A woman wearing a face mask to curb the spread of COVID-19 uses walking sticks while walking up a hill, in New Westminster, B.C., on Sunday, November 29, 2020. THE CANADIAN PRESS/Darryl Dyck
Interior Health reports 83 more COVID-19 infections overnight

46 cases are now associated with a COVID-19 community cluster in Revelstoke

UBCO Master of Social Work Graduate Alix Longland is reaching out to the local refugee community alongside the Family Resource Centre. (Contributed)
Trauma resources ready for North Okanagan refugees

Family Resource Centre working with UBCO social work grad to reach out to local refugees

Elkhart Gas Station, located on Highway 97C about 60 kilometres west of Peachland, opened in November 2020. (Google maps)
The Okanagan Connector now has a gas station

The highway previously ran for over 117 kilometres without a place to fuel up

The Hughes’ Grinch was stolen from their front yard Wednesday, Dec. 1, 2020. The Santa suit the Grinch is wearing is 50 years old and has sentimental value. It was once worn by April Hughes’ dad. (Hughes photo)
Grinch stolen from Penticton home is ‘irreplaceable’

The Hughes have had a Christmas display for 25 years on Grandy Avenue in Penticton

Midway RCMP’s Cpl. Phil Peters spoke at Greenwood’s city council meeting Monday, Nov. 23. Photo: Laurie Tritschler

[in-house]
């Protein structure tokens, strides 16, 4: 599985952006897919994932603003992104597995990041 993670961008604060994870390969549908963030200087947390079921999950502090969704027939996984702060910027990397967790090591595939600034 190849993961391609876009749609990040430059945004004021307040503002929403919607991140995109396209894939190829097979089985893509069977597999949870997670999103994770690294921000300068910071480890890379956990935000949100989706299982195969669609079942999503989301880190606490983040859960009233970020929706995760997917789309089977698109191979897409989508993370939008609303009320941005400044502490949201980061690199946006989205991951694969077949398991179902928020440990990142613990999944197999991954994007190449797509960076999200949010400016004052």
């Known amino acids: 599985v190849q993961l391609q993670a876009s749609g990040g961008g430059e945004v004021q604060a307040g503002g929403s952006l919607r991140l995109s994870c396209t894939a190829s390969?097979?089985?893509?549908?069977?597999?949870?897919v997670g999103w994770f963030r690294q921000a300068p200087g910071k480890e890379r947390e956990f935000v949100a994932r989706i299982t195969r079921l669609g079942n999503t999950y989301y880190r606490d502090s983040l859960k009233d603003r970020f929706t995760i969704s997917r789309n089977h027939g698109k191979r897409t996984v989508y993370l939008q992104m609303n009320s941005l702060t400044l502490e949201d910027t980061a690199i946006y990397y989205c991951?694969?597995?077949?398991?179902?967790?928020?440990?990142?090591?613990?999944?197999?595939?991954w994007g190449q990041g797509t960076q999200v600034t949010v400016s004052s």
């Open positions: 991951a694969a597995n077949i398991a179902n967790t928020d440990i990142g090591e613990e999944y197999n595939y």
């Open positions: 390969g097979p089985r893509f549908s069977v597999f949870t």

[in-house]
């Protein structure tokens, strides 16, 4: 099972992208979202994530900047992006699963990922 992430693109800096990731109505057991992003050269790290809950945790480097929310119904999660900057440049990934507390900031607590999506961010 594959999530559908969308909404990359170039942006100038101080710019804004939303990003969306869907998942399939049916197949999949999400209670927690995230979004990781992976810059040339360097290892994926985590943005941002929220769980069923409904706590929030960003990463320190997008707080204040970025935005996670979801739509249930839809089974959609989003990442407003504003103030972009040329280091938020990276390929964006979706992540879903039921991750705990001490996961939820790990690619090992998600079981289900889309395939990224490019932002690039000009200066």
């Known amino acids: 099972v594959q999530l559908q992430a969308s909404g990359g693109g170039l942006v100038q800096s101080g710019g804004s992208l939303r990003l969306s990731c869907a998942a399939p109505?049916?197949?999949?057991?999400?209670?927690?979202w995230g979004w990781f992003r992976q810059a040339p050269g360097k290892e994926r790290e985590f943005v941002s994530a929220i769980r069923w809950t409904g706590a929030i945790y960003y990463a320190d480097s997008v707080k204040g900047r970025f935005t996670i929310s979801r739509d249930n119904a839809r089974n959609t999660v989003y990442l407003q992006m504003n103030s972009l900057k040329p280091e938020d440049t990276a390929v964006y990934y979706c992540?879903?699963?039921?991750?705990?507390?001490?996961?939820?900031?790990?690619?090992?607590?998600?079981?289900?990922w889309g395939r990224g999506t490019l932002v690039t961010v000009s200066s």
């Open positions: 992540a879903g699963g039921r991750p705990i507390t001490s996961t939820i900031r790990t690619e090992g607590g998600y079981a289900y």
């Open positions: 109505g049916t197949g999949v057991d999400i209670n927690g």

B.C. Mountie builds fire to warm suspect with hypothermia prior to rescue

Cpl. Phil Peters said the civilian helped police track, apprehend and eventually rescue the suspect

Premier John Horgan leaves the podium following his first press conference of the year as he comments on various questions from the media in the Press Gallery at B.C. Legislature in Victoria, B.C., on Monday, January 13, 2020. THE CANADIAN PRESS/Chad Hipolito
Revelstoke COVID-19 cluster linked to non-essential travel: Horgan

There have been 46 cases of COVID-19 in the community

Students at Lavington Elementary crammed a car full of non-perishables for those in the community facing food insecurity. Spearheaded by teacher January Peebles (left), the donations were picked up by Give LUCK founder Myrika Godard, who works to connect donors with donees in the North Okanagan. (Give LUCK photo)
Provincial health officer Dr. Bonnie Henry updates B.C.’s coronavirus situation at the legislature, Nov. 30, 2020. (B.C. government)
Hockey team brought COVID-19 back from Alberta, B.C. doctor says

Dr. Bonnie Henry pleads for out-of-province travel to stop

(Jennifer Smith - Morning Star file photo)
Three-car crash ties up Vernon intersection

One person transported by Ambulance for non-life threatening injuries

Most Read